The lung cytokine microenvironment influences molecular events in the lymph nodes during Th1 and Th2 respiratory mucosal sensitization to antigen in vivo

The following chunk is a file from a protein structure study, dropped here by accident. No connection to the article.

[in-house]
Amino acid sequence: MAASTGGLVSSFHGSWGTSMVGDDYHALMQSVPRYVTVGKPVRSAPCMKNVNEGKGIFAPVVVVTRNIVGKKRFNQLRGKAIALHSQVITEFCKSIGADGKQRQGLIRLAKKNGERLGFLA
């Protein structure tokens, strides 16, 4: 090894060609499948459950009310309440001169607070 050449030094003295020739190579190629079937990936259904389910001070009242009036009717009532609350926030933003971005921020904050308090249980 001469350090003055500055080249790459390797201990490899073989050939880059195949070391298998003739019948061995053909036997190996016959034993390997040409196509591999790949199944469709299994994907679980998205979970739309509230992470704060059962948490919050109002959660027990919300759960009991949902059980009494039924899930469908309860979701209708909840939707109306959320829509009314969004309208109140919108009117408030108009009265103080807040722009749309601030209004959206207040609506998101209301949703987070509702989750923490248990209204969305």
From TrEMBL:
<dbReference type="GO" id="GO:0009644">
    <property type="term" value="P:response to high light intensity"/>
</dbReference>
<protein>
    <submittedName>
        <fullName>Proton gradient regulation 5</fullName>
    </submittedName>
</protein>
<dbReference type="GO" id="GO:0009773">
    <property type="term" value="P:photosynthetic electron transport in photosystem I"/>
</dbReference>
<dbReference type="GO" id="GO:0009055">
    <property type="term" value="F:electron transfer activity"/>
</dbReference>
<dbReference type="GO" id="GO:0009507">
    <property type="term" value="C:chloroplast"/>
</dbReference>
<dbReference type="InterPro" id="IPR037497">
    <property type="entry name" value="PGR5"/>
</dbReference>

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Originally defined by their patterns of cytokine production, Th1 and Th2 cells have been described more recently to express other genes differentially as well, at least in vitro. In this study we compared the expression of Th1- and Th2-associated genes directly during in vivo sensitization to ovalbumin (OVA) in Th1- and Th2-polarized models of airways inflammation. Th1-polarized airway inflammation was achieved by the intranasal instillation of adenoviral vectors (Ad) encoding granulocyte-macrophage colony-stimulating factor (GM-CSF) and interleukin (IL)-12, followed by daily aerosolizations of OVA; instillation of Ad/GM-CSF alone with OVA aerosolization led to Th2-polarized responses. Lymph nodes were obtained at various time-points, RNA extracted, and analysed by real-time quantitative polymerase chain reaction (PCR). Consistent with reports from in vitro and human studies, mice undergoing Th1-polarized inflammation showed preferential expression of the transcription factor t-bet, the chemokines IFN-gamma inducible protein (IP)-10 and macrophage inflammatory protein 1 alpha (MIP-1-alpha), and the chemokine receptor CCR5. In contrast, the transcription factor GATA-3, the chemokines I-309 and thymus and activation regulated chemokine (TARC), and the chemokine receptors CCR3 and CCR4 were preferentially expressed in the Th2 model. Importantly, we also show that Ad/transgene expression remains compartmentalized to the lung after intranasal instillation. Flow cytometric analysis of lung myeloid dendritic cells indicated that B7.1 was expressed more strongly in the Th1 model than in the Th2 model. These studies provide a direct comparison of gene expression in in vivo Th1- and Th2-polarized models, and demonstrate that molecular events in the lymph nodes can be altered fundamentally by cytokine expression at distant mucosal sites.
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